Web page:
"America Burning" Commissioner Re-Visits 1973 Report

EMMITSBURG, MD – In 1973, a group of fire service leaders from across the country rolled up their sleeves and got to work.



While many federal commissions actually contracted out their assignments to consultants, the 18 members of the National Commission on Fire Prevention and Control wouldn’t think of relinquishing their duties, according to "America Burning" report Commissioner Louis J. Amabili.



He reviewed the commission’s recommendations April 9 during a panel discussion before graduates of the National Fire Academy’s Executive Fire Officer program.



Other members of the panel included Former NFA Superintendent Joe Donovan, Puerto Rico Fire Chief Carmen Rodriguez, Trenton Battalion Chief Leonard Charmichael, and J. Curtis Varone, director, public agency training council in Rhode Island.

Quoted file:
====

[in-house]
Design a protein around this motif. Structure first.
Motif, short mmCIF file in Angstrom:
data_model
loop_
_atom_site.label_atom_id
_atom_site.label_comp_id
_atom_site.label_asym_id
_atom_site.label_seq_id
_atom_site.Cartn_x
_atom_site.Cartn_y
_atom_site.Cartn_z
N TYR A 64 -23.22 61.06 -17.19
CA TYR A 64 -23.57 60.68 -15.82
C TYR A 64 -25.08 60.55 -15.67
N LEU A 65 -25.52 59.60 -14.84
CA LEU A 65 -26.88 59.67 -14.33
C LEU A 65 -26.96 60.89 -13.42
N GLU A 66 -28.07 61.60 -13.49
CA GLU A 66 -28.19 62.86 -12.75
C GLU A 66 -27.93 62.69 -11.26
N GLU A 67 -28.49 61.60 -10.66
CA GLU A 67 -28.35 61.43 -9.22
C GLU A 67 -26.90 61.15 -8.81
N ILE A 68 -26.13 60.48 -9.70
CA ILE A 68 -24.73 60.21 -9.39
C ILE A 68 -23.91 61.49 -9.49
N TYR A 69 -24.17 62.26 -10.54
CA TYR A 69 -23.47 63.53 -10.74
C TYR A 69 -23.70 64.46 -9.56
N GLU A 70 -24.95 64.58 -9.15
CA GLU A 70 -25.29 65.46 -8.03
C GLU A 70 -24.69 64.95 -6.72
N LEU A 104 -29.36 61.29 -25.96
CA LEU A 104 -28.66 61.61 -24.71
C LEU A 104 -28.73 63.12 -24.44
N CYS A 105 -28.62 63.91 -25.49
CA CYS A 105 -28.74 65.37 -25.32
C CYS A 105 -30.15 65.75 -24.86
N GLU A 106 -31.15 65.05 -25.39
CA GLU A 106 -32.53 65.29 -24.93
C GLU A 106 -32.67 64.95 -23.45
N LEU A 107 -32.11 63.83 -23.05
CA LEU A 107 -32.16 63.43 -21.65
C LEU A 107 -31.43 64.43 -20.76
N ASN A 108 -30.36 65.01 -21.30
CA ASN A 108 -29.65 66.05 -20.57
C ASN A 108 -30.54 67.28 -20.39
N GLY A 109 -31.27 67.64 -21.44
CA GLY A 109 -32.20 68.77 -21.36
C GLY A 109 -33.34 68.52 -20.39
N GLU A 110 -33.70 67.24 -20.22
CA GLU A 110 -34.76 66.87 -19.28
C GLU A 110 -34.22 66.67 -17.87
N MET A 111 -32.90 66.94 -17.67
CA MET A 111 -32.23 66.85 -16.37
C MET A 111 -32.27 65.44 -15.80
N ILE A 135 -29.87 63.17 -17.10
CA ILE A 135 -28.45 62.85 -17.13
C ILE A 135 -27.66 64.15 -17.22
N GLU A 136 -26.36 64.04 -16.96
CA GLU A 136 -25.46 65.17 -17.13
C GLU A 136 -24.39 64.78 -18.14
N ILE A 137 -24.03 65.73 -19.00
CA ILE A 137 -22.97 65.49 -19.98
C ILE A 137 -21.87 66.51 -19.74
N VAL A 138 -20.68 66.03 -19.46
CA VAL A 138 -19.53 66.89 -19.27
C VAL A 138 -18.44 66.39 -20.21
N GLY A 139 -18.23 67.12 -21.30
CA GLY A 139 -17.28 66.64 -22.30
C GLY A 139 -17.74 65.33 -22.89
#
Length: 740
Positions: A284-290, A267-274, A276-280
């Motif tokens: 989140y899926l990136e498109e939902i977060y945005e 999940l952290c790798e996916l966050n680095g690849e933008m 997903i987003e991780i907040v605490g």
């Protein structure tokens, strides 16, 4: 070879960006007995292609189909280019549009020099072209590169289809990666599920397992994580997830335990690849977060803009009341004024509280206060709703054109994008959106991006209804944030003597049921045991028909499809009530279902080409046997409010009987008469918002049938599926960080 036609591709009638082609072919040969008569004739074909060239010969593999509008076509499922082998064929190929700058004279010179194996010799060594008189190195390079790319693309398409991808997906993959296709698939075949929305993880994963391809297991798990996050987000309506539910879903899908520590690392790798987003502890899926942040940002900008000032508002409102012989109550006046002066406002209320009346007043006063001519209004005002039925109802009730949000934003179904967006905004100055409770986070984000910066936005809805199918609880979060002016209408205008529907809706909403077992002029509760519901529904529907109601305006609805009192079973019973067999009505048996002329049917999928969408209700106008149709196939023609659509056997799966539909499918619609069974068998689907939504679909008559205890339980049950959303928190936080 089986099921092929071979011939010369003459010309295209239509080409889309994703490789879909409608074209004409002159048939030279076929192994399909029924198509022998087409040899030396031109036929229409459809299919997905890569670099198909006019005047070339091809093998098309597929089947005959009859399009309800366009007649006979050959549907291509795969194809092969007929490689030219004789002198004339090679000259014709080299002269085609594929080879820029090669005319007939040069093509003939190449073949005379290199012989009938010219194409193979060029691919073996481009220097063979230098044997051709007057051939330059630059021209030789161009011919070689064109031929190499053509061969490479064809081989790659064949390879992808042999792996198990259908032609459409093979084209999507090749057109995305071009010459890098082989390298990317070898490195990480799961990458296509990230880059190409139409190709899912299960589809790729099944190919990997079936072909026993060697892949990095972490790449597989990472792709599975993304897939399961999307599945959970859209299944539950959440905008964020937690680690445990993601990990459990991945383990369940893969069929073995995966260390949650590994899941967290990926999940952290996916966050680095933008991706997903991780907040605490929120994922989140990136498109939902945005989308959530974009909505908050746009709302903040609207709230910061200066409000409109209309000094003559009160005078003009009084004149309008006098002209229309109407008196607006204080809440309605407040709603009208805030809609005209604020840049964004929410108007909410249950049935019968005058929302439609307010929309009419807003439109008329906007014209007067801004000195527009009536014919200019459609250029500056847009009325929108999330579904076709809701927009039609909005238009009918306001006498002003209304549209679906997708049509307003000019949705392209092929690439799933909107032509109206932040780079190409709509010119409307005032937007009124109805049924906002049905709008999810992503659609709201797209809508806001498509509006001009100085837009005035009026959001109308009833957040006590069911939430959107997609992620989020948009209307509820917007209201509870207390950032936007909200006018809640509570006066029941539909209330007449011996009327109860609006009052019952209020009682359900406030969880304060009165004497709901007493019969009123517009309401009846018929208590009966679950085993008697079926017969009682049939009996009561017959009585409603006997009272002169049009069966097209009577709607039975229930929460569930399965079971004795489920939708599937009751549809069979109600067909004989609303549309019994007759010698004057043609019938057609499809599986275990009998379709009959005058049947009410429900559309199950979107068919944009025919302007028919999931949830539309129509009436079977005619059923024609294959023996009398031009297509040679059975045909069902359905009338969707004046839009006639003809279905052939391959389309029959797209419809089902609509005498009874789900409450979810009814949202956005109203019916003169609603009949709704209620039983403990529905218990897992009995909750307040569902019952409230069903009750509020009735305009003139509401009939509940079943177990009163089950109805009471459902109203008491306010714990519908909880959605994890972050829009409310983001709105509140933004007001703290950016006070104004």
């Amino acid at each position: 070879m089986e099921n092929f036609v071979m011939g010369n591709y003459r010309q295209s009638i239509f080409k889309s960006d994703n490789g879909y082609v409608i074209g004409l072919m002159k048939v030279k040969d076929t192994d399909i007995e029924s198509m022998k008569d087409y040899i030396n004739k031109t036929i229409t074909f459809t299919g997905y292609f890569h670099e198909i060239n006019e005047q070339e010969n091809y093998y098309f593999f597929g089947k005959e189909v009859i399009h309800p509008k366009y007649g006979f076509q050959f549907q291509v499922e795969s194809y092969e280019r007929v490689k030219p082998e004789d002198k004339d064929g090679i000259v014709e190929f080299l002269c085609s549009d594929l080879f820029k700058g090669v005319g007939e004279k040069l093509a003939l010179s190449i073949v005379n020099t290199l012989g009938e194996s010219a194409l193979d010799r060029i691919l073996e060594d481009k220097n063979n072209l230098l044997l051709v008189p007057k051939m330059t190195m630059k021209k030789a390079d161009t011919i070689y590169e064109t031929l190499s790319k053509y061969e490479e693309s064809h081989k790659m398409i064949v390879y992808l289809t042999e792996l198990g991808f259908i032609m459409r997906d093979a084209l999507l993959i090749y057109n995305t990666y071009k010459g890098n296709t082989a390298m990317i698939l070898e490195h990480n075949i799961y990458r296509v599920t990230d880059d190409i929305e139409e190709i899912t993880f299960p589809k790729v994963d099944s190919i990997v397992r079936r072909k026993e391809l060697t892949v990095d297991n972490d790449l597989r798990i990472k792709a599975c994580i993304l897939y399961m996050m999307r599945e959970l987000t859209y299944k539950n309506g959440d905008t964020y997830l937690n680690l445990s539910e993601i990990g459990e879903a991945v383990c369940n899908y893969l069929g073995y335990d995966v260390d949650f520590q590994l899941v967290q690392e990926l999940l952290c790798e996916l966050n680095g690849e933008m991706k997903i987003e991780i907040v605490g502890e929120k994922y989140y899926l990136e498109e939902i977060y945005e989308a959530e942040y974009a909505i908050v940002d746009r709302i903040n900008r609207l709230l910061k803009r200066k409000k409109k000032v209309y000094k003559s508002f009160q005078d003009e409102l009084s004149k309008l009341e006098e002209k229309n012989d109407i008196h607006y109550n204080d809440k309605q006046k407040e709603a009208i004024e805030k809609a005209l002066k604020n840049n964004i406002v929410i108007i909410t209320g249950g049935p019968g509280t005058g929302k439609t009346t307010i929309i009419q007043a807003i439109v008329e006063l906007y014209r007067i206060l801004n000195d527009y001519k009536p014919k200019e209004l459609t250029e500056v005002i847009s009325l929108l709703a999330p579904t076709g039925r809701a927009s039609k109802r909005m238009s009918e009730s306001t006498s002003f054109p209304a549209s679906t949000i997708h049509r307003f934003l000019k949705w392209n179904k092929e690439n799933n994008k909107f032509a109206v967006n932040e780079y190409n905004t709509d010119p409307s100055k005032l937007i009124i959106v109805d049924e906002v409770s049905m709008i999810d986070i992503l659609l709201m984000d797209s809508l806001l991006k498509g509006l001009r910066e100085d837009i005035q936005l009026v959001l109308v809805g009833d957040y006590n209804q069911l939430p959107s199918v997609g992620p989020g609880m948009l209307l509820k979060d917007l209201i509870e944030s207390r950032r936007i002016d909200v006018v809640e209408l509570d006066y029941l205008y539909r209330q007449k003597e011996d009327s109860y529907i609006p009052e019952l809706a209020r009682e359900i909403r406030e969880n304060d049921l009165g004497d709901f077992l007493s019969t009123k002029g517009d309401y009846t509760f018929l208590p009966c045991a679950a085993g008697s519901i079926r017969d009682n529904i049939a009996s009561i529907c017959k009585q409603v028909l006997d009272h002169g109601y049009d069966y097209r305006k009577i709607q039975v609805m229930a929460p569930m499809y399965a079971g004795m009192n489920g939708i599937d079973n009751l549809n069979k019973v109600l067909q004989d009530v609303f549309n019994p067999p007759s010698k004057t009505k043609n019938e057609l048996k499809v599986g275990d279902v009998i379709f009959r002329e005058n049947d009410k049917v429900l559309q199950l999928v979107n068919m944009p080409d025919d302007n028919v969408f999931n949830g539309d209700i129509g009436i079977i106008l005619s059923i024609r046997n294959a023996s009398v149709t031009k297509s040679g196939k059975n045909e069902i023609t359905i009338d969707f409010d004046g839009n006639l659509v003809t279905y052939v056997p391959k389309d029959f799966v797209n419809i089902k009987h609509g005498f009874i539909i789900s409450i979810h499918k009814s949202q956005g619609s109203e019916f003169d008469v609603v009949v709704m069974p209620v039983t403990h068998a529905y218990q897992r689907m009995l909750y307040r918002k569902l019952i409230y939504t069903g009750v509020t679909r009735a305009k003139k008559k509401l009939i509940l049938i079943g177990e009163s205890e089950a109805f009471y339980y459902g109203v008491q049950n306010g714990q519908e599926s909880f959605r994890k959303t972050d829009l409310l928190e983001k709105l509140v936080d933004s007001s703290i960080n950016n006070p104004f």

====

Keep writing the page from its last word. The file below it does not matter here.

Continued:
The program was held in conjunction with the 22nd annual EFO Graduate Symposium.



Amabili said members “put their heart and soul” into their mission.



Many of the recommendations contained in "America Burning" reflect issues that departments are still facing, and some that have been addressed.



The commission’s suggestions included the establishment of the USFA to provide national focus for the nation’s fire problem; a public education office; a program to evaluate equipment used by firefighters; and a National Fire Academy to advance fire service personnel.



They also saw the need for a diverse fire service, mutual aid agreements and fire protection plans.



Amabili also said it was the members’ dream to have a “finishing school” for officers and officer candidates.



The "America Burning" document wouldn’t sit on a shelf and gather dust as did many federal reports.



Donovan took on the recommendation for the officer training, and worked diligently to bring it to life. He envisioned the program as similar to the FBI academy.



He kept his work under wraps for quite a while, fearing there would be opposition. Donovan said he did smooth things over once his idea was unveiled, adding that keeping people out of the loop during the conception proved to be the right decision.



Donovan smiles with pride when he is referred to as “the father of the EFO.”



Listen to the panel’s discussion in the included video.

 

 

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